Health Day reporter
WEDNESDAY, June 23, 2021 (HealthDay News) – You might not believe it, but Florida firefighter Carsten Kieffer was incredibly lucky when a 12ft alligator jumped into his boat and bit him front- right arm.
Hardly anyone else thought so, and it doubled for Kieffer: the two main bones in his arm were broken and a big bite had been taken on the back of his forearm. After the attack, the arm was mostly hanging down from the remaining muscle.
“I knew that when I walked in I was probably going to lose my arm,” he recalls. The doctors who initially treated him were equally doubtful of his prospects.
But thanks to the type of specific damage the alligator caused to his arm – with talented surgeons and hard work in rehabilitation – Kieffer returned to active duty with the Tavares fire department in April, just eight months after the attack. .
He was lucky that the alligator bit him where he did, sparing the nerves, muscles and tendons that were essential to his recovery, explained Dr Karan Desai, the hand and an upper limb surgeon who treated him at the Orlando Regional Medical Center.
“I still have a bit of a way to go to get back to full fitness, but it’s getting better day by day,” said Kieffer, 42, of Grand Island, Fla. “There are days when I don’t even realize my disability or injury.”
The incident happened in August 2020, when Kieffer was hunting alligators with friends at Lake Jesup.
The Florida Fish and Wildlife Conservation Commission estimates that the 16,000-acre body of water near Sanford, Florida contains around 13,000 alligators, according to the Orlando Sentry. Only the mighty Lake Okeechobee contains more alligators in the state.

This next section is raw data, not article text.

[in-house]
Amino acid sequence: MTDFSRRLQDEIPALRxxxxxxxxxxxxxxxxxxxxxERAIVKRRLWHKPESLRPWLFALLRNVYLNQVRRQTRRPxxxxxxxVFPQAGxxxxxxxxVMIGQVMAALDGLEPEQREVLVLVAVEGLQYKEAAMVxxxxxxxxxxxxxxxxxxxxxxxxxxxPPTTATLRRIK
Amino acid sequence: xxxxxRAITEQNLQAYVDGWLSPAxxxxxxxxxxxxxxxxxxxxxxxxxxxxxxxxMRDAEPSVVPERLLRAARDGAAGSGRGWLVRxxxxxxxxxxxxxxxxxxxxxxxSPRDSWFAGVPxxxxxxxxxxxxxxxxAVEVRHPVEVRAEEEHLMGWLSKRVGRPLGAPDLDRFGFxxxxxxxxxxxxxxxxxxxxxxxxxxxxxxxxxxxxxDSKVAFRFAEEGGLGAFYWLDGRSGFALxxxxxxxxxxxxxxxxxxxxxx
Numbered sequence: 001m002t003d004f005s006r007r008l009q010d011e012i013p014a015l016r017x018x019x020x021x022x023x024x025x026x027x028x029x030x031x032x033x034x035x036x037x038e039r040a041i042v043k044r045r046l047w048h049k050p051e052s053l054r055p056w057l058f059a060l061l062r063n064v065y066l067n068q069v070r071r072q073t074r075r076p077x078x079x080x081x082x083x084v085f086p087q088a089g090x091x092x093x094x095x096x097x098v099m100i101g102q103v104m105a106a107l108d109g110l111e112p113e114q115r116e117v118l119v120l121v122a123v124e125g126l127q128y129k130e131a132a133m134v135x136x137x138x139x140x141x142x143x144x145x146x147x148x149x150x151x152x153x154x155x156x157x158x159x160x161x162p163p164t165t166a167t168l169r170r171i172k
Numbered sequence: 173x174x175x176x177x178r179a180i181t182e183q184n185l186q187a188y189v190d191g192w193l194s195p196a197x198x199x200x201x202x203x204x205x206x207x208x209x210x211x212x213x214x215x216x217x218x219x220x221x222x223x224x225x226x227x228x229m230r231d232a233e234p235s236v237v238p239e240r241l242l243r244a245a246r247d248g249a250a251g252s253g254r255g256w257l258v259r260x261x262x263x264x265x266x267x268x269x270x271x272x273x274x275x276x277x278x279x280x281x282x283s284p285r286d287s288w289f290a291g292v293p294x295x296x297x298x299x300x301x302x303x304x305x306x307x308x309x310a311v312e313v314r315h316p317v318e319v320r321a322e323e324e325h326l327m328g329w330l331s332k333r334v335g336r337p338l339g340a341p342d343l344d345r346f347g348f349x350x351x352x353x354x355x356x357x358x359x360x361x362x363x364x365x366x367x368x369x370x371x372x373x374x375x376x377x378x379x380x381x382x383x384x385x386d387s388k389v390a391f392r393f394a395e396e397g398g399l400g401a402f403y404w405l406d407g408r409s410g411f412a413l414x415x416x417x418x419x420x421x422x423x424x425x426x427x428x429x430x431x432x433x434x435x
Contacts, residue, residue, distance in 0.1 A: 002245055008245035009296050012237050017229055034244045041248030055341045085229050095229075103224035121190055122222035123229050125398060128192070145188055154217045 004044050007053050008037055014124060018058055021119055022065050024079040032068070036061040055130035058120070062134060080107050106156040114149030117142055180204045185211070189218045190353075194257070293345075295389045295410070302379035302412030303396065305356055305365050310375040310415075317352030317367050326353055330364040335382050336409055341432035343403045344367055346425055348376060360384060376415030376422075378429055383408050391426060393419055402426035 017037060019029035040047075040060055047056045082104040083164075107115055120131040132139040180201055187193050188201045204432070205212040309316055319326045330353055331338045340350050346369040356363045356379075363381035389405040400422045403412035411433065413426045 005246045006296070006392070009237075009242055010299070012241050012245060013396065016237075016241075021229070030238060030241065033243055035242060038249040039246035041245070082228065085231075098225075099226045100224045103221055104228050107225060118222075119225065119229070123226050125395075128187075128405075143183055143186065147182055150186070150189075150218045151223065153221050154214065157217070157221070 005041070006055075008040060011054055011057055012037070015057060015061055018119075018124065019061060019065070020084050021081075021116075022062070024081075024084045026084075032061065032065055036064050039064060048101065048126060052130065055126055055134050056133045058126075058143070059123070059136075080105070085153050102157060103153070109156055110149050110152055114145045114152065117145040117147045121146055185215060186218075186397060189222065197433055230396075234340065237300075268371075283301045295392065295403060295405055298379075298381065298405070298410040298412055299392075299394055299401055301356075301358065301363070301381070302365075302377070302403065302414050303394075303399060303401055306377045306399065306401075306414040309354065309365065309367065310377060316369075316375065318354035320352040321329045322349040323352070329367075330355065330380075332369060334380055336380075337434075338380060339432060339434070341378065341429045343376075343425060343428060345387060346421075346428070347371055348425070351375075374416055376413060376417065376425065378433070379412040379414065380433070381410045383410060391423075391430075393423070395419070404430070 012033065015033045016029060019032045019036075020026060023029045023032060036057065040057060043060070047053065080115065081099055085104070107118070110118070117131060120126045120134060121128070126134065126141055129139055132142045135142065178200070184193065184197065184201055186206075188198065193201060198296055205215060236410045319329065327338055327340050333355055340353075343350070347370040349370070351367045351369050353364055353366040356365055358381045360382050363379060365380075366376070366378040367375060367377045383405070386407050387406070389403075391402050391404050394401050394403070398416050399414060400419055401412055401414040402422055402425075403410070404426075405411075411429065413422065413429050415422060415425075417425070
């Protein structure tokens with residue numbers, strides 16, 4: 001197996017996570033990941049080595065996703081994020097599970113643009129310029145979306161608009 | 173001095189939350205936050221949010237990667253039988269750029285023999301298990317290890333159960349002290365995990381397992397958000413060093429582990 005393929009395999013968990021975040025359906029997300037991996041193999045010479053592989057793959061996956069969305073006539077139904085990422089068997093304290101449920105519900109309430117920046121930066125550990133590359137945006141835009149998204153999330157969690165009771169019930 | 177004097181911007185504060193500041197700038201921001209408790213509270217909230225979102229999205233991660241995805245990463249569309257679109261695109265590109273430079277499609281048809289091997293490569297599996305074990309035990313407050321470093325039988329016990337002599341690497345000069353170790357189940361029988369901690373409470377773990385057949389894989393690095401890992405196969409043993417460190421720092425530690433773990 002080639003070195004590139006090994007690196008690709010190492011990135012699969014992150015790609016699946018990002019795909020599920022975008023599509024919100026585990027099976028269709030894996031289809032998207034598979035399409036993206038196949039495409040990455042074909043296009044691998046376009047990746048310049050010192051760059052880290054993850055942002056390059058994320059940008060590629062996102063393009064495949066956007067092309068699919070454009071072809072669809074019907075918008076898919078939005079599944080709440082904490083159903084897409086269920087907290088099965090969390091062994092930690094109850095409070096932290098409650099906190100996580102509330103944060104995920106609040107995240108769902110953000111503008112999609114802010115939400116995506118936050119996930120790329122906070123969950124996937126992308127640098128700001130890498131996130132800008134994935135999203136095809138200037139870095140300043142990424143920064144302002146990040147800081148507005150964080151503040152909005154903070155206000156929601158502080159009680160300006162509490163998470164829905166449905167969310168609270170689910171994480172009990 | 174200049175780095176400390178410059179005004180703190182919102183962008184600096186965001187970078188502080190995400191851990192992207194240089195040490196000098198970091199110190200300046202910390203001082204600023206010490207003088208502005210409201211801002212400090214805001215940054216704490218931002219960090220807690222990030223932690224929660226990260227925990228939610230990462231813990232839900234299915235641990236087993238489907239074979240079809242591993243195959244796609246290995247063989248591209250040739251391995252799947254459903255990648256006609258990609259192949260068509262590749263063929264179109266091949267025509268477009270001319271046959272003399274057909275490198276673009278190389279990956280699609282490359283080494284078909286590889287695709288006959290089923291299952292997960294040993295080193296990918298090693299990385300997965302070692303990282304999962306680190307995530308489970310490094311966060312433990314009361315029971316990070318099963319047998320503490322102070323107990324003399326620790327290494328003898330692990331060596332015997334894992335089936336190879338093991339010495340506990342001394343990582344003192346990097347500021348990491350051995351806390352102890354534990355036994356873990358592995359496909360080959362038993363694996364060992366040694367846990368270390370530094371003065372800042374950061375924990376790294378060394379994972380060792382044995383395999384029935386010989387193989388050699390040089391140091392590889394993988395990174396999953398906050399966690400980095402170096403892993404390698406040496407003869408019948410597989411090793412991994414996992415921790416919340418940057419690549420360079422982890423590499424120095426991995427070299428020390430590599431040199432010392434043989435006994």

The men grabbed the reptile with a 12-foot-long tear-line, then stuck it with two harpoons to bring it closer to the boat, Kieffer said.
Unfortunately, they were in shallow water which gave the gator some weight to defend itself.
A sudden attack
“He was able to push off the bottom and get into the boat,” Kieffer said. “I was holding on to a few ropes that were attached to the harpoons that we rode into the alligator to grab it. I was standing in the boat, holding onto the ropes, and it just came back and cracked and he grabbed my arms.”
Kieffer’s friends sprang into action, one grabbing his pants and the other slipping a metal pole into the gator’s mouth to try and crack it open.
The alligator “shook its head once and lifted my body 6 to 8 inches off the boat. That’s when I could hear the skin tearing and the bones breaking,” he said. Kieffer said.
The attack ended under gator conditions. “He just let go and went back into the water,” Kieffer said. “We cut the lines and went to get help.”
As it turns out, it was Desai’s first day on call as an attending physician at the Orlando Regional Medical Center. Fresh out of his medical training in New York City, Desai was pretty sure someone was laughing at him when another doctor called him to treat Kieffer.
“One of the residents came to me and said, ‘We have a patient who got his arm bitten by an alligator,’” Desai said. “I thought it was a joke at first because I was new to Orlando Health and thought they were just giving me a hard time as a new guy. But then they showed me the radios and the Pictures.”
Doctors initially gave Kieffer little hope that his arm could be saved, but Desai – trained at the best trauma centers in Atlanta and New York – upheld the verdict. Perhaps he had never seen an alligator bite, but he had helped treat countless limbs mutilated in car crashes and industrial accidents.
“I don’t make quick judgments in the emergency room when I see these patients,” Desai said. “I think every patient deserves a look in the operating room, to fall asleep and examine everything very closely before making decisions on things like amputations.”